Google has begun to refund users who purchased the fake anti-virus app "Virus Shield" from its Play Store.
The app reached the number one rank in the Play Store, racking up over 10,000 downloads before eventually being removed. Following investigation of the code it used, news site Android Police discovered that it did nothing whatsoever.
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Users who paid for and downloaded the app are getting a full refund as well as credit to spend in the Play Store.
Virus Shield claimed to "prevent harmful apps from being installed on your device" but was discovered to simply just install a new icon on the phone.
Following the news that the app was fraudulent, Google pulled it form the Play Store after 9 days in the charts.
"We're reaching out to you because you recently purchased the 'Virus Shield' app on Google Play," emails sent to users said, according to the BBC.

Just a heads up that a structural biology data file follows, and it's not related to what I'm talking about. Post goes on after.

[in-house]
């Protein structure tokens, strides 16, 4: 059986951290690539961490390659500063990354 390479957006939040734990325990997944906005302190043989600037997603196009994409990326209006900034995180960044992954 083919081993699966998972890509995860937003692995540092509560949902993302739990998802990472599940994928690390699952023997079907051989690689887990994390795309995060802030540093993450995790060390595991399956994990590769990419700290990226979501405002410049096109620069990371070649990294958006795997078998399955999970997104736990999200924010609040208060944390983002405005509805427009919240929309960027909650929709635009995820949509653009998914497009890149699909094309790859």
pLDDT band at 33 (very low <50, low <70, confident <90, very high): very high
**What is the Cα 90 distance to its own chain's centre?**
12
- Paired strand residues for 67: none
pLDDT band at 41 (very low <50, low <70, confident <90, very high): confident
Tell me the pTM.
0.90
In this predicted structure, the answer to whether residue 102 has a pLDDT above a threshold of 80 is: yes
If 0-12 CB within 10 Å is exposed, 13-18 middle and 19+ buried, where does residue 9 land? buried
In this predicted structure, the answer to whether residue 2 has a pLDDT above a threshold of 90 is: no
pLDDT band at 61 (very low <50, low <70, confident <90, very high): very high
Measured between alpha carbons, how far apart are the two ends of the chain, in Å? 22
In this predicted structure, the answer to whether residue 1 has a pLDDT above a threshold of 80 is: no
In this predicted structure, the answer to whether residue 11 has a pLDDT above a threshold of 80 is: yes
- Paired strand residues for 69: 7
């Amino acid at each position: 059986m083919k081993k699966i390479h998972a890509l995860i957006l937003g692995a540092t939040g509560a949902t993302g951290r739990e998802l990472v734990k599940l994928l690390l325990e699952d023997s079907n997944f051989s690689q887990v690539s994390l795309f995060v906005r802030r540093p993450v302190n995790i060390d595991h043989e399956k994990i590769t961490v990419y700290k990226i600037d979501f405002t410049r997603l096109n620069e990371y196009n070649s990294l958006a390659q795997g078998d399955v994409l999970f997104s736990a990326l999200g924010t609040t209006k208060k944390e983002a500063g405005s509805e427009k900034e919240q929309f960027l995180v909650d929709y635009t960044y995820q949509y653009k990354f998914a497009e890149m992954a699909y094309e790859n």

"Google Play's policies strictly prohibit false claims like these, and in light of this, we're refunding you for your 'Virus Shield' purchase. You should see funds returned to your account within the next 14 days."
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The app's developer told the Guardian that their decision to release it had been a "foolish mistake" and that the version that hit the Store was not intended for release.
"The app version that was decompiled by Android Police was not intended to be released. It was an early placeholder that our user-interface designer created. There was a mix-up between the version that contained the anti-virus code for our app," said Jesse Carter